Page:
Drug Abuse

About the Controlled Substances Act

In 1970, the Controlled Substances Act (CSA) was signed into law as part of the Comprehensive Drug Abuse Prevention and Control Act by President Richard Nixon. This was created to help with the US drug policy by providing regulations about the different types of drugs and by allowing for the classification of drugs into different schedules. According to §811 (b) of the CSA, drugs are classified according to eight different factors. This includes the actual and potential for abuse, the evidence of pharmacological effect, the current scientific knowledge about the drug, the history of abuse with the drug, the scope and duration of abuse, the risk to public health the drug poses, the liability of dependency and whether or not the drug is a precursor of a drug already listed within the CSA.

Based upon these factors, the drugs are then broken down into different schedules. According to §812 of the act, the schedules are as follows. Schedule I includes drugs with a high potential for abuse, drugs with no current medicinal use and drugs for which there is no accepted safe use – examples include marijuana, heroin and peyote. Schedule II includes drugs with a high potential for abuse, drugs for which there is a currently accepted medical use and drugs that may lead to psychological and / or physical dependence – examples include cocaine, opium and morphine.

Schedule III includes drugs with a potential for abuse that is lessened than Schedule I and II, a drug with an accepted medical use and dugs which may lead to moderate physical dependency and / or high psychological dependency – examples include codeine, anabolic steroids and ketamine. Schedule IV includes drugs with a low potential for abuse compared to the higher schedules, a drug that has a currently accepted medicinal use and drugs with limited dependency – examples include antidiarrheal drugs, Xanax and Valium. Finally, there are Schedule V which includes drugs which have a low potential for abuse, a currently accepted medical use and limited possibility for dependence – examples of this include cough suppressants and Lyrica.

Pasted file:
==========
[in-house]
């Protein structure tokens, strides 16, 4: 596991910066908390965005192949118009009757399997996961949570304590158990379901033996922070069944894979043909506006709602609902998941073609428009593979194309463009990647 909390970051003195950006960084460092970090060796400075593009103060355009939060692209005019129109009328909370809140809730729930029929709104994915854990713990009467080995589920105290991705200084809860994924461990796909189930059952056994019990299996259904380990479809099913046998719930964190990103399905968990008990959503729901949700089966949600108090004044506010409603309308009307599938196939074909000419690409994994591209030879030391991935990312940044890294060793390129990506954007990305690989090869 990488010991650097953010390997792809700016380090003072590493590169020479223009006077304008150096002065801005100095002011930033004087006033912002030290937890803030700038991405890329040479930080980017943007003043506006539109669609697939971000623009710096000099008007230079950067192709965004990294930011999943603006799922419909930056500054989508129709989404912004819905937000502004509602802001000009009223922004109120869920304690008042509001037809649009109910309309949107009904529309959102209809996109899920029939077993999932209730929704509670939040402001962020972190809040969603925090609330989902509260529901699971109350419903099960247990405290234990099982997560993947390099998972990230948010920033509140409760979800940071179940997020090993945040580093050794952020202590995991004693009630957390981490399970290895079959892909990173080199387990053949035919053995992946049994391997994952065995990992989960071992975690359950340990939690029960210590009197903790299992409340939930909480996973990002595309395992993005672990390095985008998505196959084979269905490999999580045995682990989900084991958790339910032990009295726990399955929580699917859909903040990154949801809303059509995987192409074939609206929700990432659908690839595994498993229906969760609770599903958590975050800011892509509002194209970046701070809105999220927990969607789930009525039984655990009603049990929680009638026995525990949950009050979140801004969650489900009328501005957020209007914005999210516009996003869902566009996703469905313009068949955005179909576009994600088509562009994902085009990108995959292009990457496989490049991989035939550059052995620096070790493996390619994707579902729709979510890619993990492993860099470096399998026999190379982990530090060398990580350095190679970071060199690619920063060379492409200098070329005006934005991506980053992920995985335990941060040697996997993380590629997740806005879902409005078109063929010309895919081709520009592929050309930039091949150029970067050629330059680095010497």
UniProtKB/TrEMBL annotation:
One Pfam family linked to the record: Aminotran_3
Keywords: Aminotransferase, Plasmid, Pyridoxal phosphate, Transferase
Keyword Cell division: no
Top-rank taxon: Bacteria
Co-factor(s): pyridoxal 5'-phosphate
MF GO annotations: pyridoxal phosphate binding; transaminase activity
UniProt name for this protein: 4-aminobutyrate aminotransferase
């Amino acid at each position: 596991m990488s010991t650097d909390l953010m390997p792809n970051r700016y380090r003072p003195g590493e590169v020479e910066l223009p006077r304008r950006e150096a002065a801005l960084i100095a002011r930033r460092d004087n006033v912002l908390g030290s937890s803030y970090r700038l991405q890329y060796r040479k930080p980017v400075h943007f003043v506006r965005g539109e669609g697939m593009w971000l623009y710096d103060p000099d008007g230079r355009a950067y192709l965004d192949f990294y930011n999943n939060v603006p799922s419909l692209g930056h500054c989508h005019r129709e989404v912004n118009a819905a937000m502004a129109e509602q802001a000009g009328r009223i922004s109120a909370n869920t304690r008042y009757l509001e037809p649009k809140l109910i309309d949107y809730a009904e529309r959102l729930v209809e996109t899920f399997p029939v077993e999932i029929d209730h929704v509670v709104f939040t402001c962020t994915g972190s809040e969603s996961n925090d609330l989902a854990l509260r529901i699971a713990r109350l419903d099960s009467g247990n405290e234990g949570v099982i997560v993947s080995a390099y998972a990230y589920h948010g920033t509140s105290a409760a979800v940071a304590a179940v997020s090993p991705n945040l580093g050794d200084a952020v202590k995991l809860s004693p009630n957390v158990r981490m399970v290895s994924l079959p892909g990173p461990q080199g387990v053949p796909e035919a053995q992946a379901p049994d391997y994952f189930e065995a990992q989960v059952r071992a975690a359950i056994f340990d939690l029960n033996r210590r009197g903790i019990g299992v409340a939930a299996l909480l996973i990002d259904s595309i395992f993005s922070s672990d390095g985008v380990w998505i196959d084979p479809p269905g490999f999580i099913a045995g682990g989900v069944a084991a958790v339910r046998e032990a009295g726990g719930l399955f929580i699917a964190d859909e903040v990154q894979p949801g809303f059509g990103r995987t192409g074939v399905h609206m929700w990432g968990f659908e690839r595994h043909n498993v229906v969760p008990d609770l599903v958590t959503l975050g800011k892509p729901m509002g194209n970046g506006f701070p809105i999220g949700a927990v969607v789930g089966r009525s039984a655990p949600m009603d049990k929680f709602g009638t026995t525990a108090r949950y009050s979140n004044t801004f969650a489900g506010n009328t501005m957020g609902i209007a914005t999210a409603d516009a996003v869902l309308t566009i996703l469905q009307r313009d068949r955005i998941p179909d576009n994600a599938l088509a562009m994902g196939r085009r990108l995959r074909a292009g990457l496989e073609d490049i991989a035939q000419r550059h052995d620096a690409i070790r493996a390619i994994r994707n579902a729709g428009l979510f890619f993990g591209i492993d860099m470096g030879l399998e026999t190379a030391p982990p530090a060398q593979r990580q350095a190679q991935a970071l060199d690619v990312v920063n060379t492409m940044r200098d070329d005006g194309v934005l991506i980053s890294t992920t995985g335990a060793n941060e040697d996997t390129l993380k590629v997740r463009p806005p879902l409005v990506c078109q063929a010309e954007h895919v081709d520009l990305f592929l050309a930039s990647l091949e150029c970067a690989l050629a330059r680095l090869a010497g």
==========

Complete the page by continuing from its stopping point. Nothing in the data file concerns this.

The schedule in which a drug falls will determine the penalties that are associated with it for possession, trafficking, manufacturing or other drug-related crimes. In most cases, these drugs are tried as a state-level crime, but in some circumstances they can become a federal offense. Examples of drug crimes being tried on the federal level is in trafficking when the crime occurs over several state or national boundaries. Should this occur, the US Department of Justice Drug Enforcement Administration (DEA) will become involved.

If you have recently been criminally charged with a drug-related crime, regardless of the specifics, it is highly encouraged that you get the involvement of a criminal lawyer. You need legal representation that will take an aggressive approach – someone who won't take no for an answer. These are serious criminal charges and unless you have an innovative and dynamic attorney, you could find yourself facing life-altering criminal penalties that range from monetary fines to imprisonment. This could and will have a serious impact not only on your personal life, but on your professional life as well. You therefore need to do everything possible to ensure that you are being proactive in your attempts to protect and defend your legal rights.

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